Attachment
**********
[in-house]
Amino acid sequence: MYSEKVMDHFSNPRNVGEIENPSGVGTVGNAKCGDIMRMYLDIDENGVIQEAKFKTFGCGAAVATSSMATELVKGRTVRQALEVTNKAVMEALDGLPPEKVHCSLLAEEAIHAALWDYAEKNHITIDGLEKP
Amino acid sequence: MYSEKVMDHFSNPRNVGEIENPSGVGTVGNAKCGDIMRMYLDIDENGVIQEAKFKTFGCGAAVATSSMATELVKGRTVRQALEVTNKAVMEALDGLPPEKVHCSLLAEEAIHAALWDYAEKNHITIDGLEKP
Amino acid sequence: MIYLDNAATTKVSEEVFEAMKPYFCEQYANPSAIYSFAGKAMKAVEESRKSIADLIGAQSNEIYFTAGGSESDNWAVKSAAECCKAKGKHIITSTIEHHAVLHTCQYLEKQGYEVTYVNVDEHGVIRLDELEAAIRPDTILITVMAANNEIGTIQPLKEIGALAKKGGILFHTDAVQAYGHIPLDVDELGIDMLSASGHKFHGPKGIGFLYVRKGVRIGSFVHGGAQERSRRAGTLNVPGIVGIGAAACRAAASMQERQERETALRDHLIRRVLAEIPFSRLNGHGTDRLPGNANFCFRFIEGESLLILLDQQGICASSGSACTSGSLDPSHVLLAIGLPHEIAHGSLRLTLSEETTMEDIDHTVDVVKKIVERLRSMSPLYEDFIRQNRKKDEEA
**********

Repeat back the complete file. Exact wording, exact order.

[in-house]
Amino acid sequence: MYSEKVMDHFSNPRNVGEIENPSGVGTVGNAKCGDIMRMYLDIDENGVIQEAKFKTFGCGAAVATSSMATELVKGRTVRQALEVTNKAVMEALDGLPPEKVHCSLLAEEAIHAALWDYAEKNHITIDGLEKP
Amino acid sequence: MYSEKVMDHFSNPRNVGEIENPSGVGTVGNAKCGDIMRMYLDIDENGVIQEAKFKTFGCGAAVATSSMATELVKGRTVRQALEVTNKAVMEALDGLPPEKVHCSLLAEEAIHAALWDYAEKNHITIDGLEKP
Amino acid sequence: MIYLDNAATTKVSEEVFEAMKPYFCEQYANPSAIYSFAGKAMKAVEESRKSIADLIGAQSNEIYFTAGGSESDNWAVKSAAECCKAKGKHIITSTIEHHAVLHTCQYLEKQGYEVTYVNVDEHGVIRLDELEAAIRPDTILITVMAANNEIGTIQPLKEIGALAKKGGILFHTDAVQAYGHIPLDVDELGIDMLSASGHKFHGPKGIGFLYVRKGVRIGSFVHGGAQERSRRAGTLNVPGIVGIGAAACRAAASMQERQERETALRDHLIRRVLAEIPFSRLNGHGTDRLPGNANFCFRFIEGESLLILLDQQGICASSGSACTSGSLDPSHVLLAIGLPHEIAHGSLRLTLSEETTMEDIDHTVDVVKKIVERLRSMSPLYEDFIRQNRKKDEEA